Baiting stepped up after wild dog attack on grandmother
NORTH Coast Local Land Services has launched a three month baiting program aimed at culling wild dogs during their breeding season.
The move comes as the region reels from news of a frightening attack on a 72-year-old woman on the Tweed Coast.
Edna Ryan had been walking along the beach at Casuarina when she was confronted by a pack of wild dogs that "wanted to hunt me as though I was food".
Mrs Ryan was forced to plunge into the ocean, fully clothed, and wade through chest deep surf to Cabarita while the dogs circled in the shallow water trying to get at her.
"I was screaming, 'Somebody please help me!' I thought I was going to die," she said.
When the dogs finally left, Mrs Ryan left the water and ran for home, but before she could get there, the dogs returned and chased her all the way to her front door.
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Mrs Ryan's story triggered a rush of support from Northern Star readers yesterday, with comments of support on our website and Facebook page.
"Its going to happen here too," warned Sharon Wallwork on the Star's Facebook page. "Wild dogs are circling farmers in the maca farms."
"Wild dogs have been a growing problem for many years. Only now that they are getting in the way of lifestylers that they realize there is a problem," commented No Stoopid on our website.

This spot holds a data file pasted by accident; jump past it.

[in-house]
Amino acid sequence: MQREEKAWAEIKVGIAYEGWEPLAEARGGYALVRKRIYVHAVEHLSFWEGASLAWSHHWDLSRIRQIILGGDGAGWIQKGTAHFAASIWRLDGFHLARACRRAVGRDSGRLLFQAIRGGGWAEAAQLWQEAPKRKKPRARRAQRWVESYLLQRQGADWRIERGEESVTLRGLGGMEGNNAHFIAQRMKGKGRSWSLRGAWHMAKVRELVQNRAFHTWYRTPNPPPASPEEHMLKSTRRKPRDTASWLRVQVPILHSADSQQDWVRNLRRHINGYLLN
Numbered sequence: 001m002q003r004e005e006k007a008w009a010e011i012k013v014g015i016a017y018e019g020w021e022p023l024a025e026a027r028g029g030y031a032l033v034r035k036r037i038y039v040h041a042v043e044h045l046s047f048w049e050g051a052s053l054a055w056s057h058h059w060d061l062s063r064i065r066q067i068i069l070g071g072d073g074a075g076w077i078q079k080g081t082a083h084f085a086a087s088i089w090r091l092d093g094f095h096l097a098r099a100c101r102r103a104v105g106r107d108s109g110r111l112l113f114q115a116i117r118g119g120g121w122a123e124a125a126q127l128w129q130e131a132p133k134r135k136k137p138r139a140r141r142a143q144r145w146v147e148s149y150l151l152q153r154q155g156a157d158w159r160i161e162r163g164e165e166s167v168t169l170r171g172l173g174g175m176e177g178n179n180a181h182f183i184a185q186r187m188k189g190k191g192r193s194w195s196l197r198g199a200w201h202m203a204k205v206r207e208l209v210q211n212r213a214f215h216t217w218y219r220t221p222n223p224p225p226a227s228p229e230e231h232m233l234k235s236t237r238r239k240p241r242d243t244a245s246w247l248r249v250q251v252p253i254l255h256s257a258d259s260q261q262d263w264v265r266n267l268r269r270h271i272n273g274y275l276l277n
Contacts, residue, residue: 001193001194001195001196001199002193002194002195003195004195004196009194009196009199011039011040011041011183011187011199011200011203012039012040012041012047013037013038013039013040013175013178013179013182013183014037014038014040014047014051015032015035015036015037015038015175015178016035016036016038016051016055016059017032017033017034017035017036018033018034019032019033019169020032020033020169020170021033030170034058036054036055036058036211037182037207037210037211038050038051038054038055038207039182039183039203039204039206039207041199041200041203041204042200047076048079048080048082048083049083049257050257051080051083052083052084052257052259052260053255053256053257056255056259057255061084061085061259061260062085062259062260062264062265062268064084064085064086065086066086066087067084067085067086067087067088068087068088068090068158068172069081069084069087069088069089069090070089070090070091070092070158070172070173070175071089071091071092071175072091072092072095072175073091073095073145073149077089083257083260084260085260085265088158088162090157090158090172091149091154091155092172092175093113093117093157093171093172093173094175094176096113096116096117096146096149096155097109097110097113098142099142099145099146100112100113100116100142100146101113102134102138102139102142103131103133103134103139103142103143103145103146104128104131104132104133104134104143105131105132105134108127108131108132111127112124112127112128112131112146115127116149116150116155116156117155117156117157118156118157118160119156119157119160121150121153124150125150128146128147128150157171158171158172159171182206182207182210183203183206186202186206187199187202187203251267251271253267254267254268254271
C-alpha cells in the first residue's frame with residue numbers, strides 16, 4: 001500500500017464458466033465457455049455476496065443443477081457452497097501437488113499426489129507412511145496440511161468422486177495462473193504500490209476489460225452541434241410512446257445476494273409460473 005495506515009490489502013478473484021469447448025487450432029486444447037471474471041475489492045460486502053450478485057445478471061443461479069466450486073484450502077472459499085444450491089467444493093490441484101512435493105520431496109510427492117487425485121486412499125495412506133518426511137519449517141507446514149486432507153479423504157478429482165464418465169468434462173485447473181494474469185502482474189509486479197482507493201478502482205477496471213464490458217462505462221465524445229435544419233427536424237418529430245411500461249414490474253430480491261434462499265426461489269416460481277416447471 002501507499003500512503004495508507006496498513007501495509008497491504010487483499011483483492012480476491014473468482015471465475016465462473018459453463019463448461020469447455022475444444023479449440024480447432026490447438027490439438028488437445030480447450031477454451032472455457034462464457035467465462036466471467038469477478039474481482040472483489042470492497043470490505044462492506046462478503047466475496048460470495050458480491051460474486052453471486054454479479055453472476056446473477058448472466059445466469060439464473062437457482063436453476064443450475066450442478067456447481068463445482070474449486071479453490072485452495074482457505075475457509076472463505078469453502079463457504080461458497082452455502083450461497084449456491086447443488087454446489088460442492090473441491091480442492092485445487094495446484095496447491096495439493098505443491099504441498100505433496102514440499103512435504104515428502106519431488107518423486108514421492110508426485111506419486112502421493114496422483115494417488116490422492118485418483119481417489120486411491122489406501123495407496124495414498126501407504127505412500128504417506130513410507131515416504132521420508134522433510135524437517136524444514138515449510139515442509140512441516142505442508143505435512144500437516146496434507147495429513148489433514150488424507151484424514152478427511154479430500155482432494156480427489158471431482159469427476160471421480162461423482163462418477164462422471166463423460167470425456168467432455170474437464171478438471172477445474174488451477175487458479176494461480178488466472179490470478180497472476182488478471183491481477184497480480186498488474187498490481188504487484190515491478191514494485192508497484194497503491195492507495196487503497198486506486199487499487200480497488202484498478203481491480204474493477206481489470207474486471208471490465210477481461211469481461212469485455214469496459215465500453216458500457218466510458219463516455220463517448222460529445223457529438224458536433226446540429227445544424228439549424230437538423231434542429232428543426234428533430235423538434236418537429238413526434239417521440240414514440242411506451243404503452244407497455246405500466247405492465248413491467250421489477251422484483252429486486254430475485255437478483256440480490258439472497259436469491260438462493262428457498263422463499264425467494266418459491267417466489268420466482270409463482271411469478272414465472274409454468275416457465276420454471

"Proper farmers have known about this for decades and have struggled with the issues. They get very little help, indeed they get the Greenies complaining when they actually do something."
It's certainly true the problem is not new.
The Star has been reporting on issues with wild dogs for many years, including incidents of dogs menacing children in their front yards and farmers on their land.
However, while there have been reports of people being frightened by dogs and repeated incidents of dogs attacking livestock, full blown attacks such as the one experienced by Mrs Ryan were almost unheard of.
North Coast Local Land Services team leader Dean Chamberlain said it was a common belief the only impacts from wild dogs were attacks on livestock.
"Unfortunately this is no longer the case with changing land uses and urban sprawl changing the wild dog-human interface," Mr Chamberlain said.
"Many landholders now carry out control in areas under horticulture, for protection of wildlife and protection of domestic pets - particularly in the peri-urban areas.
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"You will get impacts at some point, it is better to be proactive."
Over the next three months the NCLLS will continue its baiting program around Lismore north to the border, as well as west through to Kyogle he said.
Trappers are also an option but they are generally used as a "mop-up strategy," when they have problem dogs, those that linger despite a poisoning program.
Last year a tenure-neutral approach to baiting saw 78 Kyogle properties participate in coordinated group baiting program. The program covered over 15,000 hectares and involved over 1100 baits.
This program is "ready to be ramped up again" in the coming months, Neil Hing, senior biodiversity officer at NCLLS said.
The NCLLS also runs regular training programs to equip landholders with the skills to run their own baiting programs he said.